Now, while Samurai X and Robotech retain a certain timeless quality, others faded from my memory. (Kudos to Lancer for the heads up.) One such anime was Ninja Robots. Yes, it of the same fight scene… over and over and over again! And now that I think about it… how did ninja fit into the context anyway? Somewhere in Japan, stealthy masked assassins are taking their own lives. Jokes aside, this has to be said: no matter corny or lame Ninja Robots may seem now, I (and plenty of others…. 'fess up you all) actually, honestly and genuinely liked and enjoyed the show. Besides the blatant copy-pasting of the aforementioned fight scenes, some of them were quite entertaining. The story wasn't too bad (or maybe that has to do with the fact that I reached an age where I could understand 'plotlines' - sorry, Robotech) and the artwork was quite decent. Let's not forget the, bless it, 'catchy' theme song - courtesy of the whole Americanisation process. Still, no matter how many times the Princess ended up being kidnapped (once you realise you can't count off your fingers, it was no longer funny), when Joe, Michael and Jenny (and later, Damien) strapped up into their robots to rescue her, you were rooting them on to victory. Cybertroooooooooooooooooon!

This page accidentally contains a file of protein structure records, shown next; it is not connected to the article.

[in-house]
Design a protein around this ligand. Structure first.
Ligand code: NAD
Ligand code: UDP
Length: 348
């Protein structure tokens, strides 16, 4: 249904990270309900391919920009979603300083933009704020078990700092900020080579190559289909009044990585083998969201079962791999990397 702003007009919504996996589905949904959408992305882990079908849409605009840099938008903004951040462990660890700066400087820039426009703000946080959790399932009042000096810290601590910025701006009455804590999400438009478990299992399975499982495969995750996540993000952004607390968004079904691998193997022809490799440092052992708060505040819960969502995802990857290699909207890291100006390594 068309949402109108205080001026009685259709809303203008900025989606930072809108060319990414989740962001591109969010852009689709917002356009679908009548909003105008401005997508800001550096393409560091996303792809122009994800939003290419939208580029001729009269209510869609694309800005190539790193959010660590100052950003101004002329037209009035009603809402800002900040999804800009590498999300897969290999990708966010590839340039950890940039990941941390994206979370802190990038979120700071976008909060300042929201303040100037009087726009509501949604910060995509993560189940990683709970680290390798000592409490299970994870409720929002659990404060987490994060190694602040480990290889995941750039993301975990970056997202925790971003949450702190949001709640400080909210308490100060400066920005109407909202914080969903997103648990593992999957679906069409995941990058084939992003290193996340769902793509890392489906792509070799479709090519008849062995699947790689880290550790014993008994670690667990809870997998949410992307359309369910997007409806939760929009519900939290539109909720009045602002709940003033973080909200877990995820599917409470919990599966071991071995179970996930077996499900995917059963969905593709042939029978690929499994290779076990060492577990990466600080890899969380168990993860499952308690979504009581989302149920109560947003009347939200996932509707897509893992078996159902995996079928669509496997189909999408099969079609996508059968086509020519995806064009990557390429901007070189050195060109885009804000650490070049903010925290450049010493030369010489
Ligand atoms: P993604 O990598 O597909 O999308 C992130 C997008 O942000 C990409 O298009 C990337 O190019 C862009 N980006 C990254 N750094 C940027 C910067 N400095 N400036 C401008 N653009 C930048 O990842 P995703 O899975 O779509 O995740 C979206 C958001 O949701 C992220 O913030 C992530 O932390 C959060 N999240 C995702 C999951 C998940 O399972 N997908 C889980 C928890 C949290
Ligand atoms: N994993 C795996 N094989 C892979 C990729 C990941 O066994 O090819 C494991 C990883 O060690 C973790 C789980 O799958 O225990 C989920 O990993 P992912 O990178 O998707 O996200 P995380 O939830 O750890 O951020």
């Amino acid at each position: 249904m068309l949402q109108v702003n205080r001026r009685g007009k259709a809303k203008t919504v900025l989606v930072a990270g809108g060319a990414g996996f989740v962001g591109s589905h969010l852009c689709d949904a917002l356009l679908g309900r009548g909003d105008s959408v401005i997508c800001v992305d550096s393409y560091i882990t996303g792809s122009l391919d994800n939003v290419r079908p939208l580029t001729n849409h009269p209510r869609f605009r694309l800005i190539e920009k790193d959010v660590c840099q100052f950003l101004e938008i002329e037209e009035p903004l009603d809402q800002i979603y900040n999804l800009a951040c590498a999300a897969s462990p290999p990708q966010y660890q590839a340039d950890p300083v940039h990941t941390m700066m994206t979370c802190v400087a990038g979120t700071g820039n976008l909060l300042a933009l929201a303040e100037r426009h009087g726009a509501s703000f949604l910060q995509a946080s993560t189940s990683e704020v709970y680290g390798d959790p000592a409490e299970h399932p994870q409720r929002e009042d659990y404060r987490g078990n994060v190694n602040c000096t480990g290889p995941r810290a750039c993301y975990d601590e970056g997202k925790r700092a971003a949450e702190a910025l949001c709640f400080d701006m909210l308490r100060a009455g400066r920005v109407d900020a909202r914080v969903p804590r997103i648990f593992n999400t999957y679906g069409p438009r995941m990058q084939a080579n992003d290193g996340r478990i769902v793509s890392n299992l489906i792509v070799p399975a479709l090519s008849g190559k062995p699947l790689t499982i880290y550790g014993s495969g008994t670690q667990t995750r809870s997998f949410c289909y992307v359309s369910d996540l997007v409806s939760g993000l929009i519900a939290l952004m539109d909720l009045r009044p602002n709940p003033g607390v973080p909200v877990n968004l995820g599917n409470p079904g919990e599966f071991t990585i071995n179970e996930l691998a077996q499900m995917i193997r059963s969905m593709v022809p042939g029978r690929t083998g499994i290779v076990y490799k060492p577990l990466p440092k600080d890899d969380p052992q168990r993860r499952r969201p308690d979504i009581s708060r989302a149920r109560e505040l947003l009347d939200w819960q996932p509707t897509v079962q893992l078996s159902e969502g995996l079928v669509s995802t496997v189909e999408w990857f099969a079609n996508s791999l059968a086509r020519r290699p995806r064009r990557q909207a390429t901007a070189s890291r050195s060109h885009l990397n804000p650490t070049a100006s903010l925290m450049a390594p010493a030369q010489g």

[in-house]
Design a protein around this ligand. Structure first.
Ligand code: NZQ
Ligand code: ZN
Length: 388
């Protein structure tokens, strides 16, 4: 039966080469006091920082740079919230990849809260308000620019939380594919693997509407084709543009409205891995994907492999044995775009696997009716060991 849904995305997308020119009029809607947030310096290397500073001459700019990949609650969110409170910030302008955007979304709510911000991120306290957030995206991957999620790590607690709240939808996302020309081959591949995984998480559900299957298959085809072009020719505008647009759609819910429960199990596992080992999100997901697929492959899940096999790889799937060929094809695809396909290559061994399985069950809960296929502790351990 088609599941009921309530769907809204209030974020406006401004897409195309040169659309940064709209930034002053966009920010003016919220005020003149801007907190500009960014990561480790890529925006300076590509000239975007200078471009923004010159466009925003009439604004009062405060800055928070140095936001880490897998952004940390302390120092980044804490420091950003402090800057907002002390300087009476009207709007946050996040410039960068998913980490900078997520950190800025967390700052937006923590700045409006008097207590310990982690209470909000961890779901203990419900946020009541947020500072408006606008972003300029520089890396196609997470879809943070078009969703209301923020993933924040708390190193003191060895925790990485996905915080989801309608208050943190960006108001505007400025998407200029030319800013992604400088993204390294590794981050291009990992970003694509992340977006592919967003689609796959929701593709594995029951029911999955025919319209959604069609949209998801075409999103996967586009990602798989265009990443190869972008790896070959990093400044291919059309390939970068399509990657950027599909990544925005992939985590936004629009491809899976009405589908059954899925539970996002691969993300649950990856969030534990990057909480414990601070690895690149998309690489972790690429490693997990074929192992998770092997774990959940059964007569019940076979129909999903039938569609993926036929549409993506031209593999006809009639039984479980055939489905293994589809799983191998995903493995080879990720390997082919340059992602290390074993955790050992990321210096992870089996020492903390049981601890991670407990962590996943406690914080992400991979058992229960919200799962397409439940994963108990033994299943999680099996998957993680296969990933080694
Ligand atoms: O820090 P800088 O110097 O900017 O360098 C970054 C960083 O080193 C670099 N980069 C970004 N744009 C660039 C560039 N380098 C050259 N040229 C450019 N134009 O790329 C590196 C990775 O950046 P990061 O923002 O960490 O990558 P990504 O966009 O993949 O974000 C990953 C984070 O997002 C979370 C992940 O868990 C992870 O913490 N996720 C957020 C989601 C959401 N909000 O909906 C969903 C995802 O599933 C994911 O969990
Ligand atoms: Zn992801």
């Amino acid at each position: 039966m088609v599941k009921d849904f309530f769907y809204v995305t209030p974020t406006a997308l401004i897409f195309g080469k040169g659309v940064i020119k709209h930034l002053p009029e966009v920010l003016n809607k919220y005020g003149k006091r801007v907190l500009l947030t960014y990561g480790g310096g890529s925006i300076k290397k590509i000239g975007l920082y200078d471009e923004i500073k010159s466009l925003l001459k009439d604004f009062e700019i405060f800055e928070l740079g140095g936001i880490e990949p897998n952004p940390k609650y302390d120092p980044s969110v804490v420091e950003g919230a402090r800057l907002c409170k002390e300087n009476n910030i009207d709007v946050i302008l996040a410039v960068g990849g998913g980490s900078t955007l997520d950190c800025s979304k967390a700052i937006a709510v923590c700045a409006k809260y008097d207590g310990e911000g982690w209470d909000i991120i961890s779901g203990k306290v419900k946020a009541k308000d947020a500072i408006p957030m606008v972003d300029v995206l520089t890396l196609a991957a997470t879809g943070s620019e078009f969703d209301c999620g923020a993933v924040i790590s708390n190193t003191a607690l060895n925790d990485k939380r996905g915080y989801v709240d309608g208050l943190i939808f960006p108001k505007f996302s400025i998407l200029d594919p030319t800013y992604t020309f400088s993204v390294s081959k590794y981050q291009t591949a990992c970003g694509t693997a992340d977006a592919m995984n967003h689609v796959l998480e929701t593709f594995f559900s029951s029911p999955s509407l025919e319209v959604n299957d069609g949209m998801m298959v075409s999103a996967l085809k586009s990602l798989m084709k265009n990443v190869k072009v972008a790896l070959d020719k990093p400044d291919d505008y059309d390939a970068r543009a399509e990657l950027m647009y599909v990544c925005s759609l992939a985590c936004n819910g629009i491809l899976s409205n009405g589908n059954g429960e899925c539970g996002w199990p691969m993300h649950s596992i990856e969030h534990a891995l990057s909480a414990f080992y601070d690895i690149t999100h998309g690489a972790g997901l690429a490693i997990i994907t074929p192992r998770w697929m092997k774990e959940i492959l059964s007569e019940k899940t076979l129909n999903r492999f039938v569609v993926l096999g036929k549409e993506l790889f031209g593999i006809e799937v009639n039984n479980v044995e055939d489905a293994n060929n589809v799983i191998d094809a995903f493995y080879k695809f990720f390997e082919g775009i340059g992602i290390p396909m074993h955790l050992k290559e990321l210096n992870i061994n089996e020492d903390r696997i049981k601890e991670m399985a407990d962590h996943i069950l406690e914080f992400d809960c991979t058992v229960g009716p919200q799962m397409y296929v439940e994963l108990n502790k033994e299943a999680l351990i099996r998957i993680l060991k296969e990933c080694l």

And, you cannot talk about anime in the 1990s without mention (unfortunately, that's all this one gets) of the one, the only… Speed Racer! *cue large-eyed, lopsided-mouth gasps of 'Oh!' ala Speed himself* What can you say about Speed Racer? (Preferably avoiding expletives). Nothing much. Of course, you could do some of those character expressions - they're a great hit when you and a bunch of friends go all nostalgic regarding TV shows. Speed Racer was embarrassingly corny and the constant exclamations made you roll your eyes, but hey, it was somewhat entertaining. Also without that Volcano Mountain race with the whole Snake (or was it Viper?) racing team, you wouldn't get that brilliantly hilarious parody episode of Dexter's Laboratory. Speaking of which, Dexter was at its satirical zenith during that time - the newer version lacks much of what made the old Dexter so bloody brilliant. Sad.